Having produced a mature, impressive tenth-round TKO win over Jamel Herring last October, winning the WBO super-featherweight title, Shakur Stevenson has a golden opportunity next month to do what he has long set out: continue on the road to superstardom, by inflicting the first professional loss on Oscar Valdez’s unblemished 30-0 (23 KOs) record. Will he sink or swim?
Stevenson-Valdez, a unification fight many have long coveted
A lot has been said about the month of April for boxing. Ryan Garcia’s long-awaited return features early, while Spence-Ugas and Fury-Whyte are scheduled for consecutive Saturdays.
To finish the month off, undisputed status at lightweight awaits for Katie Taylor vs. Amanda Serrano in what’s being billed as the biggest women’s fight of all-time. Stevenson-Valdez on the same night? That’s somehow being spoiled with action and blotting the occasion altogether.
Not to worry though, as DAZN’s executive VP Joe Markowski assured last month the fights will not clash. Now the night’s practicalities are out of the way, how about the storyline at 130lbs?
After producing a devastating tenth-round KO against compatriot Miguel Berchelt last February, Valdez’s stock and shine has diminished considerably following news of his positive drug test.
The timing, less than two weeks before his scheduled title defence against Robson Conceicao last fall, as well as the fact he was actually permitted to compete, only served to fan the flames.
How was someone who cheated, whether knowingly or not, allowed to continue without suffering any ramifications for their actions? All sorts of issues were raised and seemingly fell on deaf ears, worsened by the general consensus he went twelve rounds and lost to the Brazilian.
Since then, fight fans and critics are now reticent to crown his previously impressive achievements as such – wary he might not have been playing fairly this whole time. How long had he been getting away undetected? It almost means comments like these, didn’t age well:
“There’s nothing better in life than proving people wrong.
I have a list of people who doubted me… my idols, boxing experts, they all said Berchelt was gonna knock me out. I have a message for people out there: don’t let anyone tell you what you can and can’t do. Always work hard, be disciplined in life, do your best, stay disciplined and anything is possible.”
As for the man himself? Vehemently denying the notion he’s a cheat, doing a clear-the-air sitdown interview with ESPN’s Mark Kriegl and essentially downplaying the illegal substances’ advantages, there was a lot to take from what he said. On the defensive and understandably so.
Those two are on the sport’s pound-for-pound lists and revered worldwide, but a blot on the copybook will always linger – irrespective of whether innocent and cleared of wrongdoing or not.
eyes on you: why this is a perfect opportunity for Shakur
As for Shakur? Well, his conundrum has been one of the box office kind. Adding an experienced champion like Herring to the 24-year-old’s resume last October is a serious coup, but also one that means he now has more knockouts (9) than decision victories (8) for the first time in a while.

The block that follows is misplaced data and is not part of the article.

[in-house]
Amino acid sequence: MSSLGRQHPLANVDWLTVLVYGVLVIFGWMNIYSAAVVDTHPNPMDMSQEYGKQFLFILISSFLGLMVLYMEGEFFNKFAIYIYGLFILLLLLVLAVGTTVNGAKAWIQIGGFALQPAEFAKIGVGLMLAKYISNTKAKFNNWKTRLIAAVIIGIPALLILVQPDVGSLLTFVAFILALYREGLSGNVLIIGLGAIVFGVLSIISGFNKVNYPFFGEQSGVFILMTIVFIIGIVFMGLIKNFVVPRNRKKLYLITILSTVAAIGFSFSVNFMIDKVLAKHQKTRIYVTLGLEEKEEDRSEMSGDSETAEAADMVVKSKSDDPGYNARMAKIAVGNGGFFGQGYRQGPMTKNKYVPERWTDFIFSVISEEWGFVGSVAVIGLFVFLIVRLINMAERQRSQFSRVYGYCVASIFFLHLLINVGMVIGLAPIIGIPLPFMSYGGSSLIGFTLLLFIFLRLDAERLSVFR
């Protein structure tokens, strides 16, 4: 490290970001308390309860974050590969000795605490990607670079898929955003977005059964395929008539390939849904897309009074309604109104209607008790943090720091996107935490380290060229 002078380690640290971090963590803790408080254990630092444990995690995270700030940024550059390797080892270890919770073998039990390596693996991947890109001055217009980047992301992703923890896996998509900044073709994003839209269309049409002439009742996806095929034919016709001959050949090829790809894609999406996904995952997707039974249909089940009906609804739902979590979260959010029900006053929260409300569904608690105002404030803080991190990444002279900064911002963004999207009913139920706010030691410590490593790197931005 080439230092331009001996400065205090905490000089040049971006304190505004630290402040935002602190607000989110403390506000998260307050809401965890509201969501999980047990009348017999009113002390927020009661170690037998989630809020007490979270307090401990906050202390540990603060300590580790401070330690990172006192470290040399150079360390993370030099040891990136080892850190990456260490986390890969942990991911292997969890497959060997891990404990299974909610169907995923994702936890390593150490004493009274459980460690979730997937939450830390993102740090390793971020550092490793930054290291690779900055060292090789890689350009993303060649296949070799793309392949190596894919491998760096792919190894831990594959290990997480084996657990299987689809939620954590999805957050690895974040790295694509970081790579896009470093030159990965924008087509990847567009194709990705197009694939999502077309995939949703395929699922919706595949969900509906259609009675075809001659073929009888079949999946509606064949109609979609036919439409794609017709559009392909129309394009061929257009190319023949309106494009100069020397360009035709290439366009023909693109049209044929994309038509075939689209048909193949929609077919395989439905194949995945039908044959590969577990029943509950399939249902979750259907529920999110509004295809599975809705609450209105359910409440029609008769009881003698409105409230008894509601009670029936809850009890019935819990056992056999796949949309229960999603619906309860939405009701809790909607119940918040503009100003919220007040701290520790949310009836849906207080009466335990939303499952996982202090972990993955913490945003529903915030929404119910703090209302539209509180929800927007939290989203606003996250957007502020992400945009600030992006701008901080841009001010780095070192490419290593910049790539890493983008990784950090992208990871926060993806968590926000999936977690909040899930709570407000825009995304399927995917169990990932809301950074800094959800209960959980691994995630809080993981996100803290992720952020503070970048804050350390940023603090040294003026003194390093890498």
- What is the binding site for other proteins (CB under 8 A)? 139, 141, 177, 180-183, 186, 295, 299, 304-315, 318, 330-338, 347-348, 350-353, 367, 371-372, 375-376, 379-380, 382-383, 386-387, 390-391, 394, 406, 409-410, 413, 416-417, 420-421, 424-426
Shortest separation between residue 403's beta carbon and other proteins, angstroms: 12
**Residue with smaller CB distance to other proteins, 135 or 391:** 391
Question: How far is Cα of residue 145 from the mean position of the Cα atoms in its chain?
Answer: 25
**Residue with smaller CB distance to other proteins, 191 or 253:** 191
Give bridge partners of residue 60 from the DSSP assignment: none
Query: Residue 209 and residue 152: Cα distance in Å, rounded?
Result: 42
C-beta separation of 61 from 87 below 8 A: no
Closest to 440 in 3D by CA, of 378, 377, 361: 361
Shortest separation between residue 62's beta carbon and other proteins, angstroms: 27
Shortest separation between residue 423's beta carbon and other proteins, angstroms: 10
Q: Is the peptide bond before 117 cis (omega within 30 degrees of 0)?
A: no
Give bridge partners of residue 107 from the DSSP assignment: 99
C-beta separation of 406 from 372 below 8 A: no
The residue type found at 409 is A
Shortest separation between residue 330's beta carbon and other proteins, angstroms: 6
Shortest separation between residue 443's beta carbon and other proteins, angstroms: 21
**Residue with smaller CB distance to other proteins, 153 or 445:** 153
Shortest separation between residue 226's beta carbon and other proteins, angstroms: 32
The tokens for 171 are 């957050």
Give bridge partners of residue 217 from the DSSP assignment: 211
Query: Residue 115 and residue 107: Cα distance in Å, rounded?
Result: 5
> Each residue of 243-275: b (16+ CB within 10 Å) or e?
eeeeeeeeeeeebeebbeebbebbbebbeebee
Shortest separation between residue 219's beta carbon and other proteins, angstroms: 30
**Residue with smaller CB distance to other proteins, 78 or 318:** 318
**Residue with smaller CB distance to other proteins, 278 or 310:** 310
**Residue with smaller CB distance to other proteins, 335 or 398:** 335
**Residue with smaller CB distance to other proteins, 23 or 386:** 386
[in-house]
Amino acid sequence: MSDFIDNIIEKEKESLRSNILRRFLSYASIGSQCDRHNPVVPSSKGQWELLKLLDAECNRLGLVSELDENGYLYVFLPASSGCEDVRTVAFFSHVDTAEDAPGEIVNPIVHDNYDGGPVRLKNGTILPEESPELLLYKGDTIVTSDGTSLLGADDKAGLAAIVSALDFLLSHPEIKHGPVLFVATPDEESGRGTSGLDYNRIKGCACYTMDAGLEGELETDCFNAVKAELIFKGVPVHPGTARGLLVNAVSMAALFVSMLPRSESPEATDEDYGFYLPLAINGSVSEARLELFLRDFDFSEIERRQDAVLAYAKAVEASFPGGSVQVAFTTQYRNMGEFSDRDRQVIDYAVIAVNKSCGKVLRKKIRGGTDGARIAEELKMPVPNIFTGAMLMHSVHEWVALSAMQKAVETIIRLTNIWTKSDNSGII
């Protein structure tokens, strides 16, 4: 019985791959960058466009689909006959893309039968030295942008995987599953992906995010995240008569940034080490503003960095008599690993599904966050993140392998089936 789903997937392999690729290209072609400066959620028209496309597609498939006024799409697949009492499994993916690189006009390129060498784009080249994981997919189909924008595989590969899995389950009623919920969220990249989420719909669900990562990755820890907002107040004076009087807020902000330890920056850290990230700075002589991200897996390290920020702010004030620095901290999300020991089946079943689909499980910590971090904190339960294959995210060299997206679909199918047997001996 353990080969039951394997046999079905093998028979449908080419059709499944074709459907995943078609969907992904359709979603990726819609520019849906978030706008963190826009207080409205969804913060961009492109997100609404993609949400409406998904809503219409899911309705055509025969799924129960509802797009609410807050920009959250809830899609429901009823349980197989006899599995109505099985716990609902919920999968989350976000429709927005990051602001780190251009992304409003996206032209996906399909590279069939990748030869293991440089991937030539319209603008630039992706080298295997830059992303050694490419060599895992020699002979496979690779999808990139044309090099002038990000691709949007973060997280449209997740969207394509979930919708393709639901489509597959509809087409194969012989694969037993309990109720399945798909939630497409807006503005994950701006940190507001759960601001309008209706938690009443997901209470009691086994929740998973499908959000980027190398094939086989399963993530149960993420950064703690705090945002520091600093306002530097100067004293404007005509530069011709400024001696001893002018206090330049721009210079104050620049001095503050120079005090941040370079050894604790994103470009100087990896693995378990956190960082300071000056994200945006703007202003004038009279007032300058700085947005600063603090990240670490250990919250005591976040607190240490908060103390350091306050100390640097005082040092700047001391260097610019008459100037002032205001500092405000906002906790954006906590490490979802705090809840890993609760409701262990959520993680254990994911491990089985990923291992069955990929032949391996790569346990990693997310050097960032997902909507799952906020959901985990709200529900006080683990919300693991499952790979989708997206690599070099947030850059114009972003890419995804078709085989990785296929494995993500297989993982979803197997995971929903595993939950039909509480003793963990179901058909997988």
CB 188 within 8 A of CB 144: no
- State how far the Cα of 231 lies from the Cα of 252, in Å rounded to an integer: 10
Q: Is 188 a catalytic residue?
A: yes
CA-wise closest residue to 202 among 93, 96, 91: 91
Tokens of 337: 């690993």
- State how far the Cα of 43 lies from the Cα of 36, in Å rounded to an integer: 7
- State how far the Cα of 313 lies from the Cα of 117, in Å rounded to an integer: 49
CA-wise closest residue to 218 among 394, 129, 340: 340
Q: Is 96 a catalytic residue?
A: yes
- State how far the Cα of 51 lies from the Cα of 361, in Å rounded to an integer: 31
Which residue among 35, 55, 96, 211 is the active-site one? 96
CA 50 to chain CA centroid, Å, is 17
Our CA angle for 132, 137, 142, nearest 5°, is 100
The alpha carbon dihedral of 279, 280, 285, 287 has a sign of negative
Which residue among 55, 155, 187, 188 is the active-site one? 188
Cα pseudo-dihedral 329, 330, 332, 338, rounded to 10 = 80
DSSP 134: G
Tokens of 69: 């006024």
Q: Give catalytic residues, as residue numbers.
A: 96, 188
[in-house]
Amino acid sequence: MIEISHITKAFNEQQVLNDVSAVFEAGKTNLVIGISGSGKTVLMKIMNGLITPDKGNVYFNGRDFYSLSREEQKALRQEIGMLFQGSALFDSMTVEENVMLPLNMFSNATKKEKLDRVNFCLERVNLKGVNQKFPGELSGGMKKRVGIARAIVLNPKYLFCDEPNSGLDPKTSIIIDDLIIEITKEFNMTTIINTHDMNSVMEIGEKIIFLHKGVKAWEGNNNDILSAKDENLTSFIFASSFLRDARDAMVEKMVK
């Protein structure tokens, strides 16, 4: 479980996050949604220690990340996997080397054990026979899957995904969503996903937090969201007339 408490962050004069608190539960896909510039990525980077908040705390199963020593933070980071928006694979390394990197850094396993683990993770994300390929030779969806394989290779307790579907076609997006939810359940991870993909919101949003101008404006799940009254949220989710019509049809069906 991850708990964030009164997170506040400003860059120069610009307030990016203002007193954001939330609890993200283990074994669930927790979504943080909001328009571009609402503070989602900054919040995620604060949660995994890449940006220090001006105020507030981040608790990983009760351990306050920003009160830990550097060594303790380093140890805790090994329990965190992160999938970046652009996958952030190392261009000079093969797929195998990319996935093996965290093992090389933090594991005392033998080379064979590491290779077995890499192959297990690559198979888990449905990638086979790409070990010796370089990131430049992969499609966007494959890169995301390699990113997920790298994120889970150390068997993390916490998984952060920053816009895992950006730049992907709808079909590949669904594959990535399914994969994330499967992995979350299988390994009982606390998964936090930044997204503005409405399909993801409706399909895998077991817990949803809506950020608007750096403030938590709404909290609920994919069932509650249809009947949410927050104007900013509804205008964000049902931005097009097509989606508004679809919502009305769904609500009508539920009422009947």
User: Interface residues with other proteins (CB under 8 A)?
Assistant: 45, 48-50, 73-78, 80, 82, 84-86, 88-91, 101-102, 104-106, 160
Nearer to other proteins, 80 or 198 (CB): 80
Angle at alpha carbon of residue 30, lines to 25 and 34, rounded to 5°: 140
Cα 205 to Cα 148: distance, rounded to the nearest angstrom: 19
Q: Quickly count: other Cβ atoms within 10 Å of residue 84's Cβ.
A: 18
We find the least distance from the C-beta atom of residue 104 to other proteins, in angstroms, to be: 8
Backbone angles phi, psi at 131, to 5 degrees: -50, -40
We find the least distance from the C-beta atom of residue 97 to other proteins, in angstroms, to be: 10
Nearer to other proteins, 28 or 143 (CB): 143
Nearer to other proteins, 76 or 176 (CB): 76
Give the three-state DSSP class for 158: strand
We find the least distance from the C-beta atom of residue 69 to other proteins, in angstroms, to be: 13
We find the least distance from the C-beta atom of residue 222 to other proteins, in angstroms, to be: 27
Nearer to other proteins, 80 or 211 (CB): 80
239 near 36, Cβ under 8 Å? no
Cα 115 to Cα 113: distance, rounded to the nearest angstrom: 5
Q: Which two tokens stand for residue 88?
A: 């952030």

Even with all of those early career comparisons to Floyd Mayweather, it’s easy to acknowledge his level of competition will intensify going forward. If he’s to achieve his Hall of Fame potential, Shakur cannot stagnate: continue evolving and showcase his full repertoire when challenged.
It’s one criticism currently being levelled at PPV star Gervonta Davis, who last summer became a three-weight world champion but has rarely faced world-class opposition in an era where most elite fighters have carefully padded resumes and are afraid to risk their unbeaten record.
After winning a silver medal as a bantamweight at the Rio Olympics, Shakur wouldn’t turn professional until the month after Tank won IBF super-featherweight gold against Jose Pedraza.
Starting at a weight-class below him, Stevenson clinched the WBO featherweight strap with a unanimous decision (119-109 x 3) victory over Joet Gonzalez in Oct. 2019.
Having since moved up in weight without a title defence, it’s clear he harbours a desire to go up to 135lbs before too long – but Valdez and a few other names appear first on the agenda.
WBA champion Roger Gutierrez and IBF titlist Kenichi Ogawa both have mandatory challenges to progress past before unification talks could arise, though it’s not that hard a sell in principle.
Whether he’d be willing to wait, defending both titles in the interim, remains to be seen. Then again, the slick southpaw must first prevail on April 30 before looking too far into the future.
The lightweight sweepstakes continue to intensify and judging by George Kambosos’ recent success against Teofimo Lopez late last year, Shakur fancies his chances up there too.
“I want to thank Timothy Bradley, he was criticising me, calling me boring. I wanted [to put on] a fun fight, to show my boxing skills, defence, power and showed everything tonight.
It felt amazing, I want to be a superstar. I’m here to last, take my craft very seriously… disciplined, had a strong camp and team, were in the gym grinding.
There’s only one fight left, WBC champion Oscar [Valdez] can’t keep ducking, there’s nothing else to look forward to in the 130lb division, we need to unify.”
- Stevenson after his tenth-round TKO win vs. Herring on Oct. 23
Those comments, while defiant, are exactly what you want to hear from someone in Stevenson’s position because he doesn’t need telling: there’s work to do. Will he flourish? We’ll wait and see.
Picture source: Getty Images, BoxingScene